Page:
After publication of an article on Whitewater prosecutor Kenneth Starr's contacts with reporters, a federal judge summoned key lawyers for an unusual evening proceeding behind closed doors.

Two of Starr's deputies were among a crowd of lawyers who arrived at the U.S. courthouse Monday night. White House Counsel Charles Ruff and a deputy were there, along with David Kendall, President Clinton's private lawyer; Neil Eggleston, the private attorney representing the White House in a dispute over a presidential aide's testimony; and the three-man legal team representing Monica Lewinsky: Plato Cacheris, Jacob Stein and Nathaniel Speights.While nobody would comment on the proceeding on orders of Chief U.S. District Judge Norma Holloway Johnson, Starr took aim at a magazine article that asserted he was illegally leaking evidence from grand jury witnesses by giving background briefings to reporters.

"Let me now be clear," Starr said in a statement. "The OIC (Office of Independent Counsel) does not release grand jury material, directly or indirectly, on the record or off the record; the OIC does not violate Department of Justice policy or applicable ethical guidelines and the OIC does not release (and never has released) information provided by a witness during witness interviews except as authorized by law."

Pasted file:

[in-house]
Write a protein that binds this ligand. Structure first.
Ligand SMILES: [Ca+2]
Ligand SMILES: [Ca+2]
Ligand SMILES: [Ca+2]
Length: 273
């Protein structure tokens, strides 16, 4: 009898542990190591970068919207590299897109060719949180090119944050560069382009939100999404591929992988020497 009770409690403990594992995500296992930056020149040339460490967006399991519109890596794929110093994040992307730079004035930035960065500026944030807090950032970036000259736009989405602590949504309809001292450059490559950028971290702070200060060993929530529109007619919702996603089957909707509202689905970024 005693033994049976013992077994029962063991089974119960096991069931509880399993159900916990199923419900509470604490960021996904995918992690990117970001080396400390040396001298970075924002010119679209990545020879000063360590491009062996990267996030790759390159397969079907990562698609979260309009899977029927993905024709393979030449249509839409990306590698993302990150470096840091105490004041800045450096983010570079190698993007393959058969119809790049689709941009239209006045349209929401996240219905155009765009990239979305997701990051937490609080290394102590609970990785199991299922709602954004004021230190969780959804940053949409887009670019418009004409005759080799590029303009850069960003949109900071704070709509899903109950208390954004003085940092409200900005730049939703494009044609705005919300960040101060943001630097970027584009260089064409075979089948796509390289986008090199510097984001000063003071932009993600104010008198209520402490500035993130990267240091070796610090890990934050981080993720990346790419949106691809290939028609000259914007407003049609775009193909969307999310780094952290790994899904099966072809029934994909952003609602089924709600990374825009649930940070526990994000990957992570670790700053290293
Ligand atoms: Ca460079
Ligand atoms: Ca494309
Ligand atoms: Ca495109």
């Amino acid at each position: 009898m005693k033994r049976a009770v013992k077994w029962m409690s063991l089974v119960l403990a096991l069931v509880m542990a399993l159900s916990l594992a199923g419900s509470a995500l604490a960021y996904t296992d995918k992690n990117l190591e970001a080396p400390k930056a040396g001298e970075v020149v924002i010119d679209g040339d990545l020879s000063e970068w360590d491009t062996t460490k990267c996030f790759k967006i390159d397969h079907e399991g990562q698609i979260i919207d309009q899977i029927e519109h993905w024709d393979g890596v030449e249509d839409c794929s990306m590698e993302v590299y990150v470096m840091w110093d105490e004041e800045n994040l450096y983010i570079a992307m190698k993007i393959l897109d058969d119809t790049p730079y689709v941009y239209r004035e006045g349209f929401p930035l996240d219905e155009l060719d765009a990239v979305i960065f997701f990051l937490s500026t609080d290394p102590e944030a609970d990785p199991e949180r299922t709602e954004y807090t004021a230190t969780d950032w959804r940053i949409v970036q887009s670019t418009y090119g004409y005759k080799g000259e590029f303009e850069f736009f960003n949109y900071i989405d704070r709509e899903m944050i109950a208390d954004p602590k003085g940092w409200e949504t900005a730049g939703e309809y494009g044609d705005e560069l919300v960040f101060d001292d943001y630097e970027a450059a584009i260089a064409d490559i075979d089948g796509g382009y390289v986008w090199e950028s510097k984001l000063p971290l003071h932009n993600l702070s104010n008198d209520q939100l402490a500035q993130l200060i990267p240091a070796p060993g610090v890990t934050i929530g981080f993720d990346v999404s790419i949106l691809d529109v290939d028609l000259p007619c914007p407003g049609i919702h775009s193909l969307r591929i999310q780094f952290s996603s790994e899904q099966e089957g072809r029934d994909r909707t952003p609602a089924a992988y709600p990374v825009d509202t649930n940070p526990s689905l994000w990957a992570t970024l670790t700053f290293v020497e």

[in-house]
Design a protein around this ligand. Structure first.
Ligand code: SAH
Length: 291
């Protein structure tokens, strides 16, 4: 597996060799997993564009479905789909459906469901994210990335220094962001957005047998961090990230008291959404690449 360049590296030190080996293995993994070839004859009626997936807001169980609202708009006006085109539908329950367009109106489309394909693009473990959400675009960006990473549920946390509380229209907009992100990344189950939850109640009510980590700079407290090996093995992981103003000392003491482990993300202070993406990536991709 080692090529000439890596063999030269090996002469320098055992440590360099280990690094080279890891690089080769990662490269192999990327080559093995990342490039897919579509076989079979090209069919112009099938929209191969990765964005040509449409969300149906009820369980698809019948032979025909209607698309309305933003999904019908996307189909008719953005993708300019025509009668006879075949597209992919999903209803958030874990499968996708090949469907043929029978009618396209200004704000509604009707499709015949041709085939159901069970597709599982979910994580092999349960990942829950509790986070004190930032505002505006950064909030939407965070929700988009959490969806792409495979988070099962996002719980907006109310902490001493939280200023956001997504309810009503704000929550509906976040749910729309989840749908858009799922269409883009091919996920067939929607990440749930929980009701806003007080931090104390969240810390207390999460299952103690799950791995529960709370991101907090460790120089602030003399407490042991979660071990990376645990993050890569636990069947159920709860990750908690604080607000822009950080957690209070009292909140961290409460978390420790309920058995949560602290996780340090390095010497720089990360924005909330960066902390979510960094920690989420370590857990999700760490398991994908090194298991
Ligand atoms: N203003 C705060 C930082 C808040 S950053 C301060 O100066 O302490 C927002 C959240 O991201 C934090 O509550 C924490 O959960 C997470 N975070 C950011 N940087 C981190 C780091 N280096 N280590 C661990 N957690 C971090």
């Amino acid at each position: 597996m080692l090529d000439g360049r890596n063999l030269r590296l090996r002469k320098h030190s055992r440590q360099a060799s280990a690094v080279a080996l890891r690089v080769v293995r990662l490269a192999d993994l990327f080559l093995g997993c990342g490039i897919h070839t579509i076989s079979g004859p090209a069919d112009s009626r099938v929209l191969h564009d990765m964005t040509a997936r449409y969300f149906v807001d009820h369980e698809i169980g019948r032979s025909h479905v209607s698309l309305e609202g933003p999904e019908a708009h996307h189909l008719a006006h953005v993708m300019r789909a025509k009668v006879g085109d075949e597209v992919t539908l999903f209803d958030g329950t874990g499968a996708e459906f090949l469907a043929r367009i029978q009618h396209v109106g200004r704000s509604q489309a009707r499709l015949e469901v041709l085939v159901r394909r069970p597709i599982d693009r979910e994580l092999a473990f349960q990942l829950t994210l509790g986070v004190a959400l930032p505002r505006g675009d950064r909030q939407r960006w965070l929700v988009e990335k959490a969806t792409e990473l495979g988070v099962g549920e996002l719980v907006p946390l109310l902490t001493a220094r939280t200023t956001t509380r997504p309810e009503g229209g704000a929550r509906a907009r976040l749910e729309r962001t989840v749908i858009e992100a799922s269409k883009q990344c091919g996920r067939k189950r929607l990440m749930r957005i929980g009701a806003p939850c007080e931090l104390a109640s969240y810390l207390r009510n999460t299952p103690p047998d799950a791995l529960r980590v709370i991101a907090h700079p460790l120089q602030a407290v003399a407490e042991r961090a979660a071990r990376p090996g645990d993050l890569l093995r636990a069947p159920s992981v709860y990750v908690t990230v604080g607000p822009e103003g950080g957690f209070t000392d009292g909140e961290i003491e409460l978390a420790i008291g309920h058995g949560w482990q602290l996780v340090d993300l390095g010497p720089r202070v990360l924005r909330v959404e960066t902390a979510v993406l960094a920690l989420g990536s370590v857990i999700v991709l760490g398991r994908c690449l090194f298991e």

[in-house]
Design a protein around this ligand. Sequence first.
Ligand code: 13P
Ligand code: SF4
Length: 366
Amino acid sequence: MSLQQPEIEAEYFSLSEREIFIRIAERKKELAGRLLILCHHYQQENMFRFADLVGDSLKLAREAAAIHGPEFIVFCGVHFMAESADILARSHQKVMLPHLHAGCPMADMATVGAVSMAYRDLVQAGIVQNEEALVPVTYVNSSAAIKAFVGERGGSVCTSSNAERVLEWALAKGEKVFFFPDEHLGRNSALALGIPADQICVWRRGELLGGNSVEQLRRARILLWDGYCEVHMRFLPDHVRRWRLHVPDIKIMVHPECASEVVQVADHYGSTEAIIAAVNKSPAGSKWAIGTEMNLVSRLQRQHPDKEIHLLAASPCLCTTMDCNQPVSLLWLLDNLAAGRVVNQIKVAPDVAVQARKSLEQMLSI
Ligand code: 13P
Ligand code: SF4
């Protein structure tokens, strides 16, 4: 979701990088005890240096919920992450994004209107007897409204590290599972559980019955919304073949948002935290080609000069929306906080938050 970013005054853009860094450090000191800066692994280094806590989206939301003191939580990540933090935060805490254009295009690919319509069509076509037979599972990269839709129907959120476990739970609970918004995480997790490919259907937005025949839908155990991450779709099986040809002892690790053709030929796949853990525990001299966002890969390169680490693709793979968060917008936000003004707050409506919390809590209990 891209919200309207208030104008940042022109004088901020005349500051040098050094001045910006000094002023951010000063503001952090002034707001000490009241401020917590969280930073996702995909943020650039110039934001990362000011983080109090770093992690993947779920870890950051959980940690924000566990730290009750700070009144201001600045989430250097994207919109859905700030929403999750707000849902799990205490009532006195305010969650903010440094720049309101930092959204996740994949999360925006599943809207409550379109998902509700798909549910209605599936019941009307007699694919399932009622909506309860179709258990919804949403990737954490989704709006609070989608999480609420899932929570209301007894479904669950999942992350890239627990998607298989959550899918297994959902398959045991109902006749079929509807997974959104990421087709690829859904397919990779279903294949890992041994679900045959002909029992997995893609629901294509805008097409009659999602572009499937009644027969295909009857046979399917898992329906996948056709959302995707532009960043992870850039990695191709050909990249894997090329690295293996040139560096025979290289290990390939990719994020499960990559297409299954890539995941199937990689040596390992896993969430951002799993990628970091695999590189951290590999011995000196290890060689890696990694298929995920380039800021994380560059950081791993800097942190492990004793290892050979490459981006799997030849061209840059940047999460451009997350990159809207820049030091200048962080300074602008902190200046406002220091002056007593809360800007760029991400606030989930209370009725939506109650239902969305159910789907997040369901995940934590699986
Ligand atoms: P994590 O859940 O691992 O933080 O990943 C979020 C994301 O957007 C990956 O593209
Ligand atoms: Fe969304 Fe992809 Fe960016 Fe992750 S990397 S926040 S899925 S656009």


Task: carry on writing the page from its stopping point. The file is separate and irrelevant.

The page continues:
Starr's office pressed ahead Tuesday with its grand jury investigation, summoning Nancy Hernreich, the president's chief of Oval Office operations, to testify again before the grand jury. The White House aide, who would know details about Clinton's visitors, has made at least five other grand jury visits in the Lewinsky probe.

Rep. John Conyers, D-Mich., the senior Democrat on the House Judiciary Committee, said the article published over the weekend in Brill's Content, a new magazine on the media, "raised profound questions about whether he (Starr) is qualified to remain serving as independent counsel."

Starr acknowledged to author Steven Brill that he and a top aide gave briefings to reporters about his investigation of the alleged presidential affair and cover-up involving Lewinsky, but only on condition the sources of the information not be identified. Brill said Starr broke the law.

Starr responded Monday that "Mr. Brill's statements are false."

Johnson called the hearing to discuss Brill's allegations after the president's private attorney, Kendall, inquired about the status of his earlier complaint accusing Starr of illegal leaks, said a source familiar with the proceedings.

The judge set a hearing for July, the source said.